2. The text's readability is not good. You probably can't change MS Word's suboptimal word spacing algorithm, but you could change line lengths. It's agreed among typographers that character counts per line should not go above 72. Increase left and right margins a little bit. Top and bottom could also use some more air to breath. It looks excellent if margins and text area dimensions relate to each other in the golden section's ratio. But lets not overdo...

Guide to creating size optimized MP3's for portables

Reply #11
Nice guide! But it is definitely not for beginners! 

Beginners don't have an idea about lossy and lossless to begin with. At least, they don't know those terms.

So either you described your target audience as too broad (quick fix) or you have to give a broader introduction to the topic of audio compression (long fix).

Guide to creating size optimized MP3's for portables

Reply #12
This a very good guide and I like it. Had I read this earlier in my ripping career, it would have saved me a considerable amount of time. It should definitely get a prominent place here at this forum (not sure how this could be done with PDF).

The guide's conclusion is to choose MP3 for the iPod. This conclusion is defensible, but I believe that AAC uses less space for the same quality. Admittedly, this belief is so far only based on other people's tests and loosely backed up by some preliminary investigations for my own music. Since the guide's aim is to allow people to make the most of their iPod, AAC should therefore get a bit more coverage. AAC would also allow applying replay gain in reversible manner.

Guide to creating size optimized MP3's for portables

Reply #13
Nice guide; it would really be a great addidtion to the wiki (as a page, not PDF) as a starting point for newcomers.

Guide to creating size optimized MP3's for portables

Reply #14
I've made quite a few changes based on the feedback so far.  I really appreciate the help.  Will upload latest version as soon as I'm done with this post.  Most notably I've added more detail about my decision to not recommend AAC, added a section describing lossy and lossless compression,  and re-done all screenshots to preserve detail when zoomed.

An important part of the wiki is that anyone with an account is able to contribute or modify anything on the site.  Private ownership of a pdf document does not comply with this.  Send a PM to Jan S. for access and if you have any questions.


I'm not sure how to proceed.  This is my first such creative effort, so I'm not sure of my options.  I'm not concerned about losing control of the document here at HA in the wiki, as any changes by HA members are likely to be for the better.  However in the wild beyond the borders of HA, I'd prefer not to have to fight with changes made by subjectivists, and would like to retain control. Thus the copyright and .pdf format.  Are these incompatible goals?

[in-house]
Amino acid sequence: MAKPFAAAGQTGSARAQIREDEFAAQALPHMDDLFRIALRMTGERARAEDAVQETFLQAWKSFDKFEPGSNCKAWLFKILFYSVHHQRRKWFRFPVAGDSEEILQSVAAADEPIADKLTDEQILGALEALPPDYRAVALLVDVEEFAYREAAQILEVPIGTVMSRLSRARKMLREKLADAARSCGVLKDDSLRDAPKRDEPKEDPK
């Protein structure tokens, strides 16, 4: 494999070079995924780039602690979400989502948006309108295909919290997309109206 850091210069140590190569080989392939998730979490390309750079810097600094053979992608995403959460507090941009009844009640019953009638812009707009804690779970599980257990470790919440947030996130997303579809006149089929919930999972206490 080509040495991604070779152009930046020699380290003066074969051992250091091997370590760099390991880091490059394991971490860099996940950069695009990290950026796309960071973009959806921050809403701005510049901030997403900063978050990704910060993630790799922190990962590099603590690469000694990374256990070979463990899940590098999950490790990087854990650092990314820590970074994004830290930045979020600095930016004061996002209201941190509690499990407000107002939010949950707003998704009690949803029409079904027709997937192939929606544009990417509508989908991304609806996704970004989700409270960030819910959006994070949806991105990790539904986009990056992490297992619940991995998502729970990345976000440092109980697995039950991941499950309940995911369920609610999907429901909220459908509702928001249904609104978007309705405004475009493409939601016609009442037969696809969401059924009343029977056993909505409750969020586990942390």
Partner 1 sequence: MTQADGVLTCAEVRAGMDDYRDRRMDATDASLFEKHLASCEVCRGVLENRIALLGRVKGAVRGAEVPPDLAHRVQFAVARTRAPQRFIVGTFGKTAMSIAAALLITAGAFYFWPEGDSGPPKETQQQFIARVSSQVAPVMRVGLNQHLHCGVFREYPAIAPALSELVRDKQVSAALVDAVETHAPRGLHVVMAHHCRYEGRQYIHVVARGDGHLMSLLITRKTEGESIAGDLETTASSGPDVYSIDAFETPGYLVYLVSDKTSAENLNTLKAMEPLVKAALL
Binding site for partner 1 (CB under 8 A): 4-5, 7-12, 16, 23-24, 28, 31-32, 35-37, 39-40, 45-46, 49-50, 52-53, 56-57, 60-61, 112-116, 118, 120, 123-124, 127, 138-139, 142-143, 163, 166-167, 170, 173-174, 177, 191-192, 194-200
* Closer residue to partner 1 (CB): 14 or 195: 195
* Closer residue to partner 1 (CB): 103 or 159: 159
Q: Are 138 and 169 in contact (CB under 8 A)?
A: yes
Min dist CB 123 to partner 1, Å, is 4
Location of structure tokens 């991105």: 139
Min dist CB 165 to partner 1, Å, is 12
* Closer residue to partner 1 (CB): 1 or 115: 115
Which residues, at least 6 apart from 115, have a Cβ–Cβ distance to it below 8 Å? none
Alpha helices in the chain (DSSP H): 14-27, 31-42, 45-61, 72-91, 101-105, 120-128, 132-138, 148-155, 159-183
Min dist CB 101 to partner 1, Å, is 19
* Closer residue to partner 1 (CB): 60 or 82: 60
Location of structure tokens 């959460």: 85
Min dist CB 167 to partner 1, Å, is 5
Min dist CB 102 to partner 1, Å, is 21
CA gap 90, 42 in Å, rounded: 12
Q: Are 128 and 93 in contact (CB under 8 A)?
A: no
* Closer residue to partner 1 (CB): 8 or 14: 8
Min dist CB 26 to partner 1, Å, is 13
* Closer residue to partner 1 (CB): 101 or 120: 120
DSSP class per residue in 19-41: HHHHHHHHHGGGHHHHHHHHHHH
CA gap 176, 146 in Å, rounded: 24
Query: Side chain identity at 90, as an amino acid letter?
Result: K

This is all falling under the unlikely assumption that the guide gains any popularity at all.  I'm a rookie at all this.  I don't even know if saying copyright... at the bottom of the document provides any legal status whatsoever. 

Can anyone shed some light on this at all?  As a last resort i can just create wiki page and dump the .pdf on the rest of the world without any copyright.

*edit* Readability of the .pdf is still an issue.  Anyone have any font/size or other suggestions to help?

Guide to creating size optimized MP3's for portables

Reply #15
I don't even know if saying copyright... at the bottom of the document provides any legal status whatsoever.

It may protect the specific wording of the document but not the general content nor does it necessarily keep the document from being redistributed and modified. You can't and do not "own" the general knowledge contained within the document -- this isn't really classifiable as a creative work.

I'm not even sure why you would want to copyright it in the first place. I mean, of what benefit is that to you or to anyone else?

As a last resort i can just create wiki page and dump the .pdf on the rest of the world without any copyright blah blah'ing.

That would be preferable, I think. PDF is a good solution for certain things, but a wiki article is much more appropriate for general peer-reviewed knowledge.

Guide to creating size optimized MP3's for portables

Reply #16
I am going to pipe in about the usage of AAC.  The guide expresses gerwen's reasons for using Lame mp3 as recent listening tests showed it to be very robust at -V 5.  Additionally, I have seen a countless number of people over at iLounge who rip all their CDs using iTunes (and its default 128kbps "CBR" setting) only to find out that their files cannot play on other devices.  These people then normally just use iTunes to convert their AAC files to mp3 files resulting in further quality loss.  I think it would be better if people started off using Lame from the get go.

 

Guide to creating size optimized MP3's for portables

Reply #17
Uploaded a version i consider good enough to release.  Feel free to distribute it. 

I didn't want to remote link the upload above on other sites, so I used a free file host here:
Encoding Guide

Will try and add it to the wiki as soon as I can.